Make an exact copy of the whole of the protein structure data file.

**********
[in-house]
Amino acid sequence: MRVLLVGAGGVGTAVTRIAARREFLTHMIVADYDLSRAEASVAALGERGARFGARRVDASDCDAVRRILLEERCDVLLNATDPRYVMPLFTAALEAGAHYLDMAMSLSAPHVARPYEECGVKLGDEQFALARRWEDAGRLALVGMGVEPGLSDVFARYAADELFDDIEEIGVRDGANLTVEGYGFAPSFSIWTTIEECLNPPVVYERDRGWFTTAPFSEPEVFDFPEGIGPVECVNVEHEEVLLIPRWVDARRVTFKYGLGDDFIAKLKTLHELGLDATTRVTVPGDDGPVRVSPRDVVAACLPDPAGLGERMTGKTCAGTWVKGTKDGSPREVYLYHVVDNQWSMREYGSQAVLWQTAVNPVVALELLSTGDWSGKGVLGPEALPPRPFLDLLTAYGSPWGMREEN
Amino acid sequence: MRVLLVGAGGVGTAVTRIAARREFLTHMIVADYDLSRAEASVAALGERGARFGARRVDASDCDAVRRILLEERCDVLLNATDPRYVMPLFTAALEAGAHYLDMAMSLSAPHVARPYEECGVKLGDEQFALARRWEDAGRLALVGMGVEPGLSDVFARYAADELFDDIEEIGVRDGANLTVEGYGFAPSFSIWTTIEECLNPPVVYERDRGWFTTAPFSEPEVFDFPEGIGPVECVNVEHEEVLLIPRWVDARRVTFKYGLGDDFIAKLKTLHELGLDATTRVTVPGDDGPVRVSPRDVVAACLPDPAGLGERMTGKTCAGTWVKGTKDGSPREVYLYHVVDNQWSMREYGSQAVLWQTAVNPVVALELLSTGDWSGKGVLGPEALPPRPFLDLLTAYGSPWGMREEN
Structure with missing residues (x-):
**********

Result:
[in-house]
Amino acid sequence: MRVLLVGAGGVGTAVTRIAARREFLTHMIVADYDLSRAEASVAALGERGARFGARRVDASDCDAVRRILLEERCDVLLNATDPRYVMPLFTAALEAGAHYLDMAMSLSAPHVARPYEECGVKLGDEQFALARRWEDAGRLALVGMGVEPGLSDVFARYAADELFDDIEEIGVRDGANLTVEGYGFAPSFSIWTTIEECLNPPVVYERDRGWFTTAPFSEPEVFDFPEGIGPVECVNVEHEEVLLIPRWVDARRVTFKYGLGDDFIAKLKTLHELGLDATTRVTVPGDDGPVRVSPRDVVAACLPDPAGLGERMTGKTCAGTWVKGTKDGSPREVYLYHVVDNQWSMREYGSQAVLWQTAVNPVVALELLSTGDWSGKGVLGPEALPPRPFLDLLTAYGSPWGMREEN
Amino acid sequence: MRVLLVGAGGVGTAVTRIAARREFLTHMIVADYDLSRAEASVAALGERGARFGARRVDASDCDAVRRILLEERCDVLLNATDPRYVMPLFTAALEAGAHYLDMAMSLSAPHVARPYEECGVKLGDEQFALARRWEDAGRLALVGMGVEPGLSDVFARYAADELFDDIEEIGVRDGANLTVEGYGFAPSFSIWTTIEECLNPPVVYERDRGWFTTAPFSEPEVFDFPEGIGPVECVNVEHEEVLLIPRWVDARRVTFKYGLGDDFIAKLKTLHELGLDATTRVTVPGDDGPVRVSPRDVVAACLPDPAGLGERMTGKTCAGTWVKGTKDGSPREVYLYHVVDNQWSMREYGSQAVLWQTAVNPVVALELLSTGDWSGKGVLGPEALPPRPFLDLLTAYGSPWGMREEN
Structure with missing residues (x-):